3. You will broaden your writing resume. Writing in a multitude of genres gives us versatility and flexibility. We grow our street cred. Then when more opportunities come up that we want to pursue, we have the experience and even some word count to back it up. I may be in the beginnings of my hard SF journey now, but next time I see a great opportunity in that genre, I'll have that much more experience in my tool belt. I think most of us rather enjoy working in lots of genres, like we enjoy reading in lots of genres, so starting now and building up that broad resume can really get us off to a good start.

4. You will find new readers. Again, I think most of us typically read in a lot of genres. I mean, we may have a genre we gravitate to more often than others, but I think most of us mix it up every once in a while. And so do our readers. A reader who typically reads hard SF might very well also enjoy contemporary YA. In other words, even if a prospective reader discovers me through a science fiction magazine, that may help me grow my readership in the other genres. Same with anyone. If you typically write historical novels but then decide to submit a short story to Ellery Queen's Mystery Magazine, the overlap could very well help you find more readers for your historical novels.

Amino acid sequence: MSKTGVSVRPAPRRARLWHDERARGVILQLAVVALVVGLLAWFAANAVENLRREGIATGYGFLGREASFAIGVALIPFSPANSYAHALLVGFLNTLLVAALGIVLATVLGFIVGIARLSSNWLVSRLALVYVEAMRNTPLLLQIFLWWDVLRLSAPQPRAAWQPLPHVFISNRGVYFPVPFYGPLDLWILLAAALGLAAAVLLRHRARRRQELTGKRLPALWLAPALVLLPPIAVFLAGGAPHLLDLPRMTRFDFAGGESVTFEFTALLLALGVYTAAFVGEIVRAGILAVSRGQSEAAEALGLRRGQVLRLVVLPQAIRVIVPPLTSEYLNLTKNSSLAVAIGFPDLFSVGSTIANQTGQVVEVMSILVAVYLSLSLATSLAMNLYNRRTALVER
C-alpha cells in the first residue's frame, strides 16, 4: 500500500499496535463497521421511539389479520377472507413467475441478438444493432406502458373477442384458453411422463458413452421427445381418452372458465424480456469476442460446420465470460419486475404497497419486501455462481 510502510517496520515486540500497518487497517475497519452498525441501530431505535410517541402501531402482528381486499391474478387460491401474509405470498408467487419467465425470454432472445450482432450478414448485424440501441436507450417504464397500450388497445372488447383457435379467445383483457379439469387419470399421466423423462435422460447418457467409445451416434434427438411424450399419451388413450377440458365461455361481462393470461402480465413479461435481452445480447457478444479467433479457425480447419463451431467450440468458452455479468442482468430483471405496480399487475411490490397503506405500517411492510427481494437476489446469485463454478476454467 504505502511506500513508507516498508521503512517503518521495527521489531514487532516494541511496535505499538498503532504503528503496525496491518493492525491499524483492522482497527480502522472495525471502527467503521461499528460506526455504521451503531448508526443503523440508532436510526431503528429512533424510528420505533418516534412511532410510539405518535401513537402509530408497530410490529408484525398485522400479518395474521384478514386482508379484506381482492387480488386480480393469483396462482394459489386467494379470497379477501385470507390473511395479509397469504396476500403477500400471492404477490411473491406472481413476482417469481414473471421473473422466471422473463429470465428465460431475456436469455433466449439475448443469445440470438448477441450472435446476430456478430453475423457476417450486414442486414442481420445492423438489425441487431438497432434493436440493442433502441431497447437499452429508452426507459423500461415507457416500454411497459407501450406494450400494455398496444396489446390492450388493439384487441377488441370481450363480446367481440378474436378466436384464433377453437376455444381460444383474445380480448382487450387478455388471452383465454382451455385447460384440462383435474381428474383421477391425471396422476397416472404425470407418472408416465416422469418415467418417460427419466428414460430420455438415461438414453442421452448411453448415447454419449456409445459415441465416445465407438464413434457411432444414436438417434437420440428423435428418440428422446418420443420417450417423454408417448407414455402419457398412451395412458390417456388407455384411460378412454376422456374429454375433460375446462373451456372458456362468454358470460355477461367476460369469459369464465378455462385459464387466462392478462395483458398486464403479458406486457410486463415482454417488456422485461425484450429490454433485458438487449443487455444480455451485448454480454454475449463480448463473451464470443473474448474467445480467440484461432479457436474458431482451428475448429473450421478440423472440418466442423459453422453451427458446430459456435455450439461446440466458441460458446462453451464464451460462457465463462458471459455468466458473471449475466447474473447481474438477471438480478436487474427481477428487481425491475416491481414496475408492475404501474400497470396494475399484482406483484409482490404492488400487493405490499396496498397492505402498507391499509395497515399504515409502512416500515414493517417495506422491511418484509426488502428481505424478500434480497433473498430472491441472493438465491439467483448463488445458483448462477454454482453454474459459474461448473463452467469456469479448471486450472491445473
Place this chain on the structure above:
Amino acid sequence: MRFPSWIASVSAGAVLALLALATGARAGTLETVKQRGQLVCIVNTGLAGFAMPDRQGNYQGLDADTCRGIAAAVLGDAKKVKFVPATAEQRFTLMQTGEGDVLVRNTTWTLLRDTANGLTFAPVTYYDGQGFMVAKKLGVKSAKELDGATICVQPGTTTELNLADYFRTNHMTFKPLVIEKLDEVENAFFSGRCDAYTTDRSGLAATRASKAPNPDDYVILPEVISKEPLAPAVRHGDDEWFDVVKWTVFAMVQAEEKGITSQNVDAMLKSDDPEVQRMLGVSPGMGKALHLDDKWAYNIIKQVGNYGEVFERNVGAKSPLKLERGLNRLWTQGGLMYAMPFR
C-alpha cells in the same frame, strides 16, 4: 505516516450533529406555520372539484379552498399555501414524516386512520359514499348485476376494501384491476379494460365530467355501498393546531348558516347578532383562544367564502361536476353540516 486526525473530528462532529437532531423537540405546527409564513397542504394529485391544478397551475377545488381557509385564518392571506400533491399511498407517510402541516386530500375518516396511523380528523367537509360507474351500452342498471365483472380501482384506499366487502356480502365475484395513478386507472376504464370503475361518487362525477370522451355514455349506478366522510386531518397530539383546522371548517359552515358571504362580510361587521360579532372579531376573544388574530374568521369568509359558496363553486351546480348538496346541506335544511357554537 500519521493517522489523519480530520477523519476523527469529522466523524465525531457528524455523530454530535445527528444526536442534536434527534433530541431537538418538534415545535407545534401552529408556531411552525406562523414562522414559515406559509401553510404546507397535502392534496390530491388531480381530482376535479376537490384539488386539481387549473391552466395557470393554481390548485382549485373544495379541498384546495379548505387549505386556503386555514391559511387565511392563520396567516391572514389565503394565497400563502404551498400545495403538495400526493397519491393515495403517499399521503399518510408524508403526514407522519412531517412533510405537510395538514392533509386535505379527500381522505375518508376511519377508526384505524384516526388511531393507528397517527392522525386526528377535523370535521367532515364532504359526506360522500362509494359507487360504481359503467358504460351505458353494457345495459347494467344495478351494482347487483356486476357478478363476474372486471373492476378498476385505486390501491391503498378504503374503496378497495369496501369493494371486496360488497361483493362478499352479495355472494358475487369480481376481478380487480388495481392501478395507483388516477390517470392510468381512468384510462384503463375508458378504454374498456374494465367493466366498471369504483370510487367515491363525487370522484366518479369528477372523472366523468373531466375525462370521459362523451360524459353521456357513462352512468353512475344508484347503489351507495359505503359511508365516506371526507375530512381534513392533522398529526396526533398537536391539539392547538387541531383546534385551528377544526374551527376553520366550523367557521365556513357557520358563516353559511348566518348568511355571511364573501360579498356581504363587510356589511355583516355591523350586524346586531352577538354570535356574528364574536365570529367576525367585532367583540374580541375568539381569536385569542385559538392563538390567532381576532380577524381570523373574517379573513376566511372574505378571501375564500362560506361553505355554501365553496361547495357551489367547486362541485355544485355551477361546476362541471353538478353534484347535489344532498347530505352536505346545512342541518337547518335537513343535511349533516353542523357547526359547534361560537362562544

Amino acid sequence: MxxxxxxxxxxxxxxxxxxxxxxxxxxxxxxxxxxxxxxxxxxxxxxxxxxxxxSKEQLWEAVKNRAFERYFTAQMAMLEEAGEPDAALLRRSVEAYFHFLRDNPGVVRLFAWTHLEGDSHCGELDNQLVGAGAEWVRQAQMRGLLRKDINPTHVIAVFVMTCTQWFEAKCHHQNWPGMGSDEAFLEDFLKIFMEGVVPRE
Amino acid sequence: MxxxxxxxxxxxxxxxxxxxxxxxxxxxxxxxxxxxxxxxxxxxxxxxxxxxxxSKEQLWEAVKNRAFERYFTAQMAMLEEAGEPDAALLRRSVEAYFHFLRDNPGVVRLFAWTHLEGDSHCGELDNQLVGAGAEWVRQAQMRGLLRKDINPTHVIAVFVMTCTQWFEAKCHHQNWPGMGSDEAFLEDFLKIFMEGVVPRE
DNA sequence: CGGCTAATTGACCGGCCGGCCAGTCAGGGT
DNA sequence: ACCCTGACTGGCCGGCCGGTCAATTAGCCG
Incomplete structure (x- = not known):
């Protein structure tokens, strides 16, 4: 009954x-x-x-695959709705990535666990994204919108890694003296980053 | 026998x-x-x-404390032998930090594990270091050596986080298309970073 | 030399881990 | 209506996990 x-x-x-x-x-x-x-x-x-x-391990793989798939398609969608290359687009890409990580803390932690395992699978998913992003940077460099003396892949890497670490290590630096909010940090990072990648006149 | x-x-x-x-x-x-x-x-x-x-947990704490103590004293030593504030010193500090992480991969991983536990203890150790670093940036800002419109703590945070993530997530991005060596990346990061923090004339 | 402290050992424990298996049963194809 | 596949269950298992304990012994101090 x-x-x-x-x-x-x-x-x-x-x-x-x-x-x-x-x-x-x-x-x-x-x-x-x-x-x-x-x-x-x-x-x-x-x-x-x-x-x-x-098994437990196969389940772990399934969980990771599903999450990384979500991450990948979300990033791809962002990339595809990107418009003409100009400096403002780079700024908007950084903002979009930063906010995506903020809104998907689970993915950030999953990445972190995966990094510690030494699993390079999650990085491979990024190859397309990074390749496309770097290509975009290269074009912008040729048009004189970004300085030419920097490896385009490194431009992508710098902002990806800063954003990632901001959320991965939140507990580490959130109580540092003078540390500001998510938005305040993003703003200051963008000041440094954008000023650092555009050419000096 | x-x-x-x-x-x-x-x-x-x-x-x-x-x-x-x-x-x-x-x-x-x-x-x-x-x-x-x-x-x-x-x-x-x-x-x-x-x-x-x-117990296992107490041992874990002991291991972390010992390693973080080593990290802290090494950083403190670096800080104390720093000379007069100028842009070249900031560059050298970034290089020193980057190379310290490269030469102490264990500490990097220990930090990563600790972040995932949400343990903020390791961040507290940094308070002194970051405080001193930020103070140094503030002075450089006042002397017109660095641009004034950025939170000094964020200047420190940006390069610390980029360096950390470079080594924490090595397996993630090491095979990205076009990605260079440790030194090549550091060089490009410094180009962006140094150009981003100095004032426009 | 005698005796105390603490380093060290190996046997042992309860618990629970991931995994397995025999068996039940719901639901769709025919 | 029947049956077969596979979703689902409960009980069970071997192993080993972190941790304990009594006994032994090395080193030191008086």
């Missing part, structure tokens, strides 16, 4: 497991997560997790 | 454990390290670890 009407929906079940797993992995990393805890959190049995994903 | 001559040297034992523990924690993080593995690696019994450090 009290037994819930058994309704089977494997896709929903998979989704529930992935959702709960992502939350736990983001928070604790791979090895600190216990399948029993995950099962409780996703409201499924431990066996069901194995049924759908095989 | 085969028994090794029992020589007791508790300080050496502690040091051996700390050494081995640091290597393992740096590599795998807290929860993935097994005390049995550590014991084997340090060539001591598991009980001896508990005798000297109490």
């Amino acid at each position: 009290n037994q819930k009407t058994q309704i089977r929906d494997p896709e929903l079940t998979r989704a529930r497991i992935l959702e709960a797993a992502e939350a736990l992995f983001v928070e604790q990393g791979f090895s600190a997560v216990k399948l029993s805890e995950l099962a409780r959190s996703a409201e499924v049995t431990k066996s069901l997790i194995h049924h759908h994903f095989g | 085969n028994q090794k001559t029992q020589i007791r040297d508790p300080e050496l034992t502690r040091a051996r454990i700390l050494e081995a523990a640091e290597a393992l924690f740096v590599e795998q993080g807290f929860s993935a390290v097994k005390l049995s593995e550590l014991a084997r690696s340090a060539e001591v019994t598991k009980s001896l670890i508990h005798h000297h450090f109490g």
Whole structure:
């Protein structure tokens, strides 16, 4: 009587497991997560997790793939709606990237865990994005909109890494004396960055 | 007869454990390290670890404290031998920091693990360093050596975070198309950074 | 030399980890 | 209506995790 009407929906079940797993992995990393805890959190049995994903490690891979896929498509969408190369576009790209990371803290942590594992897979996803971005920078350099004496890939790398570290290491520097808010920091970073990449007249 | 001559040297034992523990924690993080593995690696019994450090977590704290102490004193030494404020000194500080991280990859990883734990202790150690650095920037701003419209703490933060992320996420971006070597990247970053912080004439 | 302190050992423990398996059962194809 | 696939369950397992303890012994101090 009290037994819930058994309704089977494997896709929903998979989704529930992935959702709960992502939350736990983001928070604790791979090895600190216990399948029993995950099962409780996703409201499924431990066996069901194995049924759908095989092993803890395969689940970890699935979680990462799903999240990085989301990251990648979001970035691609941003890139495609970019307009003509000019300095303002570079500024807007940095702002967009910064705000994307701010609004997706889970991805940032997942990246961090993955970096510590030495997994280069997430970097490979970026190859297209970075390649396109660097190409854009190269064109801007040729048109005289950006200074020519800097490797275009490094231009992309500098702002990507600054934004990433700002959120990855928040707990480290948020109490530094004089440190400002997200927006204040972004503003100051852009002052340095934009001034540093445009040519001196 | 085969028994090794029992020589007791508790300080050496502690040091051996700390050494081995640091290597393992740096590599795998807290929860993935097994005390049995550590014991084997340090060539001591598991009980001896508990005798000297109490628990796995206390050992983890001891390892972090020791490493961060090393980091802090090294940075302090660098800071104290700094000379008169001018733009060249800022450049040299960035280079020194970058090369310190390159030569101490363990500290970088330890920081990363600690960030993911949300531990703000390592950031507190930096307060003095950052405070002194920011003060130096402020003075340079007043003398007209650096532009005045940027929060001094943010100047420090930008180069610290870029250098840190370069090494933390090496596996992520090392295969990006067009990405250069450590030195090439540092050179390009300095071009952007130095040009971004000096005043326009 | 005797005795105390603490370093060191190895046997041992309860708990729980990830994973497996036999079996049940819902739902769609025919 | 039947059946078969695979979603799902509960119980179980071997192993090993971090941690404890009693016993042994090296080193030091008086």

Do you think its worth it to try writing in a new genre? What is your typical genre, and what others might you want to try?

Write on!

Sarah Allen

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SUBMISSION OPPORTUNITIES: 

  • Tennessee Williams Literary Festival Short Fiction ContestSubmit a short story, up to 7000 words. Grand Prize: $1,500, plus airfare for the next Festival in New Orleans, VIP All-Access Festival pass for the next Festival ($500 value), plus publication in Louisiana Cultural Vistas magazine. $25 entrance fee. Due Nov. 16.
  • Beecher's Magazine: Beecher’s Magazine, an annual print journal produced by graduate students at the University of Kansas, seeks inimitable poetry, fiction, nonfiction, and art for its fifth anniversary issue. Due Feb. 14.
  • Pentimento: Pentimento, a literary magazine for the disability community, is accepting submissions for our Winter 2014/2015 issue. We publish disability-related essays, poetry, and fiction and artwork and photography by individuals with a disability. The writing topic for the Winter issue is “Romance,” and we’re seeking true stories regarding romance and disability. Due Sep. 30